PhD I.S. Tryakhov1
Associate Professor А.V. Bolotov1
1Vladimir State University n.a. A.G. and N.G. Stoletovs, Vladimir
Upon the successful completion of the 1980 Summer Olympic Games in Moscow, the Soviet government was prepared to file a claim, on initiative of the Sports Committee of the USSR, for hosting a Winter Olympics. As was found by an analysis of the Communist Party documents of that period, the government considered filing a claim for the 1992 and then for the 1996 Winter Olympics, with Leningrad provisionally nominated to host the 1992 event, and Sochi, Bakuriany and Alma Ata offered as hosting candidates for 1996. However, as soon as the Soviet government was informed that the Bulgarian government had filed a claim to host the 1992 Winter Olympics, it decided to give way to the allied nation. When the candidate host cities for the 1996 Winter Olympics were discussed, the decision-makers made a special emphasis on the economic benefits of the initiative, and this was the main reason for the so-called Big Sochi or Red Lawn being preferred since the sport infrastructure and facilities were located there closer and the required infrastructure development and upgrade costs were the lowest versus the two other candidate cities. However, a political decision to nominate this Soviet city a candidate for the 1996 Winter Olympics had never been made due to the growing difficulties in the internal political and socio-economic situation. The breakdown of the Soviet Union followed by huge political transformations forced the local elites to shelve this and other ambitious sport projects for better times.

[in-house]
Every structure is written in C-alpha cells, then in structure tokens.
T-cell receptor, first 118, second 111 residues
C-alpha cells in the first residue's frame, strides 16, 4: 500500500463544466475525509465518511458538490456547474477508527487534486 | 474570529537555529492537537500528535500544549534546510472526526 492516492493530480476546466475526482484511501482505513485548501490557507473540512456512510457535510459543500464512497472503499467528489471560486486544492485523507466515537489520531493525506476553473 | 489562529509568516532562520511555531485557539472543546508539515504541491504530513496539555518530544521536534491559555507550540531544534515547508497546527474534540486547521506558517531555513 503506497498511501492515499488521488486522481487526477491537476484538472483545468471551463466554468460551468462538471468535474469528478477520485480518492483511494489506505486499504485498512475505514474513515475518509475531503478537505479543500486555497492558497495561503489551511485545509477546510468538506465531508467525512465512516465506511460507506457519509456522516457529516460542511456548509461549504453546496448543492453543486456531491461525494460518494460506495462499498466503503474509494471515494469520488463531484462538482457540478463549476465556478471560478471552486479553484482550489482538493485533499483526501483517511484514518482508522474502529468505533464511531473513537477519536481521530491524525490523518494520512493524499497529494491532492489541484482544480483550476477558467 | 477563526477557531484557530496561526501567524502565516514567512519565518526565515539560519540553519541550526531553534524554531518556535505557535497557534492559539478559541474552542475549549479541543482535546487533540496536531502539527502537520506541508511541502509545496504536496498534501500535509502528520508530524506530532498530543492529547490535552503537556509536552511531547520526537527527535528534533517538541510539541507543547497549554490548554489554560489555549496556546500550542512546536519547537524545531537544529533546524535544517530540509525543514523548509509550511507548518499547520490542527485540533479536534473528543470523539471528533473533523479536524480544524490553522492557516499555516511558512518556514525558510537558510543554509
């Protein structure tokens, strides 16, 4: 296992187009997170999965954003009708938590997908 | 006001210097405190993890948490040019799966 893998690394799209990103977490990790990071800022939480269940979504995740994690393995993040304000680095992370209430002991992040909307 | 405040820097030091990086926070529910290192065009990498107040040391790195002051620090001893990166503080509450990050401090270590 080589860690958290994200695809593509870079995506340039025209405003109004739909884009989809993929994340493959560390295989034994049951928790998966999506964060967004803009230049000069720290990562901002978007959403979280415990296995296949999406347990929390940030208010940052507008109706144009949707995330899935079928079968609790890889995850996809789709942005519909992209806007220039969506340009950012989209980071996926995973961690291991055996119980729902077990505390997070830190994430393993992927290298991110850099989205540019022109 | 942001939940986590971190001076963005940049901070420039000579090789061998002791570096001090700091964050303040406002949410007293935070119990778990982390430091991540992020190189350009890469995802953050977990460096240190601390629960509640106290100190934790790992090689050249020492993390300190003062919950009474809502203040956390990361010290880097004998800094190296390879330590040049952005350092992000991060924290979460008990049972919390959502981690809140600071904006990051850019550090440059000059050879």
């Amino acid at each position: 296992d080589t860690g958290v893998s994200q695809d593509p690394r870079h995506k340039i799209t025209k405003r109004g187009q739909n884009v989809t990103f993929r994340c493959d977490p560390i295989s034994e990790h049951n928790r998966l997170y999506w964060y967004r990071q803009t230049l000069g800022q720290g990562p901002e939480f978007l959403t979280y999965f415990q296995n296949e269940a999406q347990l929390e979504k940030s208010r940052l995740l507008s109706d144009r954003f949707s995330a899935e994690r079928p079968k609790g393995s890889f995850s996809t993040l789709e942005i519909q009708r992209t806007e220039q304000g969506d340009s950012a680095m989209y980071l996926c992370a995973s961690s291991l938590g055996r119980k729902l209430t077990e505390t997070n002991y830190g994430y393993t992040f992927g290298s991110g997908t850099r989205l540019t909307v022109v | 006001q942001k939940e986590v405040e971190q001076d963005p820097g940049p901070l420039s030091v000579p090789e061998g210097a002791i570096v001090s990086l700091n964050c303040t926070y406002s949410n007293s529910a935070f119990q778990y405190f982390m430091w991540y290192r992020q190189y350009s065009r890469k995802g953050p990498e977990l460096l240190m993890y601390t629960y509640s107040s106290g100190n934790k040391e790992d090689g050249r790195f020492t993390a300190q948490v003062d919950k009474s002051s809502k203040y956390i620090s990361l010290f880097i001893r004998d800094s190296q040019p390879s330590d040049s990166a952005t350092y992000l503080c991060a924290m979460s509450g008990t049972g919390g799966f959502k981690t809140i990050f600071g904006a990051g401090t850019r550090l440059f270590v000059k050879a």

Keywords: Winter Olympics, perestroika, International Olympic Committee, Central Committee of Communist Party, Sports Committee of USSR.
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